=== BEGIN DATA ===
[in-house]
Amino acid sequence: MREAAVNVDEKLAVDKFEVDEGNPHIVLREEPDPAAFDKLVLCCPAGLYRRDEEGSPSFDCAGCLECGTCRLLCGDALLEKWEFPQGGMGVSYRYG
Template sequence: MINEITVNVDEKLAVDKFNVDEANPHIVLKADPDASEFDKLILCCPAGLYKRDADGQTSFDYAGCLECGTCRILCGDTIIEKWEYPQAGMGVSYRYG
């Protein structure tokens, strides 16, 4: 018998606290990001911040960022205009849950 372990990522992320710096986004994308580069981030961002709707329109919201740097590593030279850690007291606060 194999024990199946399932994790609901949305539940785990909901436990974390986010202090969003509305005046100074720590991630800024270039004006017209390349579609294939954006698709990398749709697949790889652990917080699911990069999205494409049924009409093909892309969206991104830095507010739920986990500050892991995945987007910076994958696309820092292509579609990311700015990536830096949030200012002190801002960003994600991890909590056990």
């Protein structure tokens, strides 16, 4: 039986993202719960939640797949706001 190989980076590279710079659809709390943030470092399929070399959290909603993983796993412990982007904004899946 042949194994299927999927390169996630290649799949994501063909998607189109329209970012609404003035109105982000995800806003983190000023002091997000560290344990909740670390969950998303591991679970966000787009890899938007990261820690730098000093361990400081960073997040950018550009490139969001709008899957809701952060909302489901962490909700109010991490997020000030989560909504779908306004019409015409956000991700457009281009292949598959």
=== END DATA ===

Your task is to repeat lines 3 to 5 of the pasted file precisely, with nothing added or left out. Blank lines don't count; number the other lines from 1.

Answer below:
Template sequence: MINEITVNVDEKLAVDKFNVDEANPHIVLKADPDASEFDKLILCCPAGLYKRDADGQTSFDYAGCLECGTCRILCGDTIIEKWEYPQAGMGVSYRYG
């Protein structure tokens, strides 16, 4: 018998606290990001911040960022205009849950 372990990522992320710096986004994308580069981030961002709707329109919201740097590593030279850690007291606060 194999024990199946399932994790609901949305539940785990909901436990974390986010202090969003509305005046100074720590991630800024270039004006017209390349579609294939954006698709990398749709697949790889652990917080699911990069999205494409049924009409093909892309969206991104830095507010739920986990500050892991995945987007910076994958696309820092292509579609990311700015990536830096949030200012002190801002960003994600991890909590056990």
């Protein structure tokens, strides 16, 4: 039986993202719960939640797949706001 190989980076590279710079659809709390943030470092399929070399959290909603993983796993412990982007904004899946 042949194994299927999927390169996630290649799949994501063909998607189109329209970012609404003035109105982000995800806003983190000023002091997000560290344990909740670390969950998303591991679970966000787009890899938007990261820690730098000093361990400081960073997040950018550009490139969001709008899957809701952060909302489901962490909700109010991490997020000030989560909504779908306004019409015409956000991700457009281009292949598959």